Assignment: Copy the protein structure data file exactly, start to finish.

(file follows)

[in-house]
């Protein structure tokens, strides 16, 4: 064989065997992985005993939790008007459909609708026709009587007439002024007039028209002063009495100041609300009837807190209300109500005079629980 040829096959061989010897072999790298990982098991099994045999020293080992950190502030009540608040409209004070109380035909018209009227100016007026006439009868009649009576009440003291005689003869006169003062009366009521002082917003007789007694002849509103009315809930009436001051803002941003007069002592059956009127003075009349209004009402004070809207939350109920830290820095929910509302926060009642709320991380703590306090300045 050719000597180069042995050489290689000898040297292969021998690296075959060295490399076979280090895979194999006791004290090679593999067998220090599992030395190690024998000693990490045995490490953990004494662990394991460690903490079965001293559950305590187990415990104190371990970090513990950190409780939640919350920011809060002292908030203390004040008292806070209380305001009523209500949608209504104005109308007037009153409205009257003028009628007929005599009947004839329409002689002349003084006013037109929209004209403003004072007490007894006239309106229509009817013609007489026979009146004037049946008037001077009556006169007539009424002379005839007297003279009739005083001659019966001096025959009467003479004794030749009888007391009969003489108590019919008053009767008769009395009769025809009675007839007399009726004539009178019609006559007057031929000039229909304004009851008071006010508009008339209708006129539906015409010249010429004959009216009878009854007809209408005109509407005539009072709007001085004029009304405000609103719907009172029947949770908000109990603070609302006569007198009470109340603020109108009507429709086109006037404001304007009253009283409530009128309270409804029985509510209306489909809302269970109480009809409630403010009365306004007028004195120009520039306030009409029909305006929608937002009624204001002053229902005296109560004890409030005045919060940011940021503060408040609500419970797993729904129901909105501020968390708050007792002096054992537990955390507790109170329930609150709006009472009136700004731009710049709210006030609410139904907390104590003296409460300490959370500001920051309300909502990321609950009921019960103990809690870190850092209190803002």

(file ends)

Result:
[in-house]
């Protein structure tokens, strides 16, 4: 064989065997992985005993939790008007459909609708026709009587007439002024007039028209002063009495100041609300009837807190209300109500005079629980 040829096959061989010897072999790298990982098991099994045999020293080992950190502030009540608040409209004070109380035909018209009227100016007026006439009868009649009576009440003291005689003869006169003062009366009521002082917003007789007694002849509103009315809930009436001051803002941003007069002592059956009127003075009349209004009402004070809207939350109920830290820095929910509302926060009642709320991380703590306090300045 050719000597180069042995050489290689000898040297292969021998690296075959060295490399076979280090895979194999006791004290090679593999067998220090599992030395190690024998000693990490045995490490953990004494662990394991460690903490079965001293559950305590187990415990104190371990970090513990950190409780939640919350920011809060002292908030203390004040008292806070209380305001009523209500949608209504104005109308007037009153409205009257003028009628007929005599009947004839329409002689002349003084006013037109929209004209403003004072007490007894006239309106229509009817013609007489026979009146004037049946008037001077009556006169007539009424002379005839007297003279009739005083001659019966001096025959009467003479004794030749009888007391009969003489108590019919008053009767008769009395009769025809009675007839007399009726004539009178019609006559007057031929000039229909304004009851008071006010508009008339209708006129539906015409010249010429004959009216009878009854007809209408005109509407005539009072709007001085004029009304405000609103719907009172029947949770908000109990603070609302006569007198009470109340603020109108009507429709086109006037404001304007009253009283409530009128309270409804029985509510209306489909809302269970109480009809409630403010009365306004007028004195120009520039306030009409029909305006929608937002009624204001002053229902005296109560004890409030005045919060940011940021503060408040609500419970797993729904129901909105501020968390708050007792002096054992537990955390507790109170329930609150709006009472009136700004731009710049709210006030609410139904907390104590003296409460300490959370500001920051309300909502990321609950009921019960103990809690870190850092209190803002």